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What Panelists Bring to the “Stop the Violence Community Forum”

collage.jpgThe long awaited “Stop the Violence Community Forum will be held Tuesday July 24, 2007 at 7 p.m. @ New Providence United Methodist Church, 1317 Fort Campbell Blvd.

This will be a wonderful opportunity for the community to come together, listen, learn and most important, heal from some of the emotions felt by recent gun violence and the lives we have lost in our community.

A plan of community action is the sentiment shared among all of the panelists involved and that is why this forum will be more of an exchange of ideals and community interaction.

Pastor Tommy Vajellos: Pastor Tommy, as he is known to everyone throughtout the community, is an ex-gang member and now an associate pastor at Faith Outreach Church in Clarksville. His personal life experience in working with local officials in the form of presentations and reenactments of gang activity has given all who have attend his workshops a better understanding of what to look for in your kids, their friends and throughout the community in a preventive effort to try and halt the recruitment of kids into gangs.

TN State Representative Joe Pitts: A native Clarksvillian who has had to watch his community go through the recent growing pains that metro growth brings, Representative Pitts is determined to bring the knowledge and solutions the Tennessee State House has on its agenda in the form of legislative bills that may address the gang issue that reaches across all ethnic backgrounds and destroys families. Mr. Pitts is committed to providing the citizens of Clarksville-Montgomery County with a better quality of life and at the top of his list are improvements in crime reduction and safety.

Jimmie Garland, Sr.: Current President of the Clarksville NAACP, Mr. Garland has a vision of a multi-cultural NAACP branch and community togetherness. As the NAACP moves toward its 100 year anniversary, its mission statement has been amended to include more personal responsibility and a commitment in encouraging citizens to work together to take their communities back from the criminals. The proper raising and discipline of our kids is the entire responsibility of their parents and the community.

Clarksville Mayor Johnny Piper: This is his second term as Mayor of Clarksville and whether we would like to admit it or not he is looked upon as the security blanket of this community. By having him at this forum, the community may be able to get direct answers as to our local government’s preventive methods in place regarding gang activity. These answers are always better when coming from the horse’s mouth so to speak. The highest ranking elected official in the city must be able to make his constituents feel that safety is on their side and is that criminals are not just running amuck.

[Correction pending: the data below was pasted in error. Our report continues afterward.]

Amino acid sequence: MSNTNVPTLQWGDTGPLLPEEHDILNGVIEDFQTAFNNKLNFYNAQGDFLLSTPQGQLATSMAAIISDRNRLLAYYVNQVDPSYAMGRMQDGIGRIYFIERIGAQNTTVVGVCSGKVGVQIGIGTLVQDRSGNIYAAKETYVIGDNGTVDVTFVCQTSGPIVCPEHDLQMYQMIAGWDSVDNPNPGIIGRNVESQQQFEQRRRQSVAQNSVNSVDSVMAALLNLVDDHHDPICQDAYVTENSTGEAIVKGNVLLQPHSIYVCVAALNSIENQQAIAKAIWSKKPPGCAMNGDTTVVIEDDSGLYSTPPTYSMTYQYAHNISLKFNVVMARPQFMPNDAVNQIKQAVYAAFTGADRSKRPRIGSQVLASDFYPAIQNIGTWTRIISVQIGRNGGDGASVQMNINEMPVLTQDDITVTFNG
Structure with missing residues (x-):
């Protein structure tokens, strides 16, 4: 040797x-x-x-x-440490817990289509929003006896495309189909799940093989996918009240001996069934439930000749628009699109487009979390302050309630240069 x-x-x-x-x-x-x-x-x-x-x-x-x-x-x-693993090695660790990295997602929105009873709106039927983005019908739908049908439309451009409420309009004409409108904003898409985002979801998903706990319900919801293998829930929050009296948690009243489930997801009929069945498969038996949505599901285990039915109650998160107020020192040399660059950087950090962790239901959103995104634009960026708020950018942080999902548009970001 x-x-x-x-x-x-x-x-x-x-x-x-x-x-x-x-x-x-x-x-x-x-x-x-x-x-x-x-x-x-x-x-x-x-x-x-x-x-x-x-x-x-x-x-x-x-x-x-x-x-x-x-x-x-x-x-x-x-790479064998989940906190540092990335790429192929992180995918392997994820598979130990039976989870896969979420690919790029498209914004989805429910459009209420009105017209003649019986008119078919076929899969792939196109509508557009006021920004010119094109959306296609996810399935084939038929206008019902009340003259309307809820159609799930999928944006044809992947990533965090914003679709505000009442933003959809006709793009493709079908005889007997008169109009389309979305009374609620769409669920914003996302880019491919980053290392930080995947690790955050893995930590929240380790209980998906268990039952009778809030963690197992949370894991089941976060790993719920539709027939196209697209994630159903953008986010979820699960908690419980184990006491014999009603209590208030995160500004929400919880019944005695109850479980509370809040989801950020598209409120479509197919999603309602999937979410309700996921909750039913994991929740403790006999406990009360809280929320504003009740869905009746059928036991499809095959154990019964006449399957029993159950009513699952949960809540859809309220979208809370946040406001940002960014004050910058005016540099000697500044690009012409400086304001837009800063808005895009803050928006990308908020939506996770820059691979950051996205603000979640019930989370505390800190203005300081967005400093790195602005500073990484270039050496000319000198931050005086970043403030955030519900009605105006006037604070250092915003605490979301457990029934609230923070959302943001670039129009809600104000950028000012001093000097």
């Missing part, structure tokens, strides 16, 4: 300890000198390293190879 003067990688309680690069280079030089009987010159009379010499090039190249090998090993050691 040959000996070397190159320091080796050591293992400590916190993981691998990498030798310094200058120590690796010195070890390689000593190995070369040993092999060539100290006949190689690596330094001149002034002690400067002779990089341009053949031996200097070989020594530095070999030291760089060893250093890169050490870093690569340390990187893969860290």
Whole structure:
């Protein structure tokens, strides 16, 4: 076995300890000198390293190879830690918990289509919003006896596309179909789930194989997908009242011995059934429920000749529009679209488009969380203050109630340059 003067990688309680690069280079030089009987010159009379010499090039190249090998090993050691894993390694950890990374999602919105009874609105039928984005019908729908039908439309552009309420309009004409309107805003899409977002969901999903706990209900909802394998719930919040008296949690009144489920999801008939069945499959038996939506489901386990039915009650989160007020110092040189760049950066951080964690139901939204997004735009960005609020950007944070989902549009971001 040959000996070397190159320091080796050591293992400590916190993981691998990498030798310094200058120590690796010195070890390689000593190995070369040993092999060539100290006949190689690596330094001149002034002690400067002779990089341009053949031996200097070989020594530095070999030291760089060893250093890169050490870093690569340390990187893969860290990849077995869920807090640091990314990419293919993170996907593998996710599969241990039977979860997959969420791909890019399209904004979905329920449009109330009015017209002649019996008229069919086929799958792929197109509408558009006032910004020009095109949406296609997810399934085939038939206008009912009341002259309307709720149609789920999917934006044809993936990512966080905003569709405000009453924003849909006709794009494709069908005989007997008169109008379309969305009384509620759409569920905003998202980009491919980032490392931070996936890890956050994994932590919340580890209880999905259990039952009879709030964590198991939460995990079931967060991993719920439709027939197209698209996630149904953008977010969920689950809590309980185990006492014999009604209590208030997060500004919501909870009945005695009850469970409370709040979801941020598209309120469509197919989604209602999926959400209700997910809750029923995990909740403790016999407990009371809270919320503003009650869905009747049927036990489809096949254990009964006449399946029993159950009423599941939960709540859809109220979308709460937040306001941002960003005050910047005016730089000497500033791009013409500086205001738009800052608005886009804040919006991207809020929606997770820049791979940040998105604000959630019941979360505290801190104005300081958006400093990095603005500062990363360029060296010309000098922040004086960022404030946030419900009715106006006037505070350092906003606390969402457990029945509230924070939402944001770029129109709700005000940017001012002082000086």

Interim Clarksville Police Chief Al Ansley: There are questions and answers that can only be addressed by the Chief of Police and citizens feel more confortable when they are given honest and common sense answers to questions ranging from gangs and safety to where the community fits into the Police Department’s plan in securing safety for them and their family. Communities are now looking to their local police department and asking how can I get involved. How can I help? What can I do?

Rev. Marvin Barner, Director the Ripple Foundation: A local Pastor and gang awareness advocate currently working with our local school system in recognizing gang activities. Rev Barner states that “Quick fix” programs do not work. Programs must be offered over months, not weeks, and of sufficient intensity to change entrenched behaviors and attitudes. Follow-up “booster” sessions contribute to program effectiveness. We will promote genuine male and female values with no exceptions. Community involvement is a must!

Kenneth Albritton: A former felon who turned his life around and now works to help others get on the right path. Kenneth witnesses first hand, the pressure a young man or woman faces everyday in school and in certain neighborhoods to join gangs or indulge in illegal activities. Because of his past, he understands the need to have more programs and family training as proactive measures in an effort to control these negative impulses and behaviors many youth face. Getting his right to vote back has made him feel like a part of the community again and he stresses that many kids do feel left out of their community and are frustrated so they may join gangs looking for a sense of belonging.

Gabe Segovia, three term City Council member: One of the most popular and hardworking City Councilmen in Clarksville’s history. His commitment to one on one communication among the citizens of his ward and throughout Clarksville makes him a natural to explain the missing link between the citizens and elected officials on this issue of gangs. His vast experience in government can provide us with answers to questions like what is already in place and available to deal with this issue that either the city has forgotten about or may not know. Each year monies are set aside or grants are given to help communities deal with safety issues and improve a variety of areas that affect the quality of life for its citizens. I believe gang activities certainly fall under this category.


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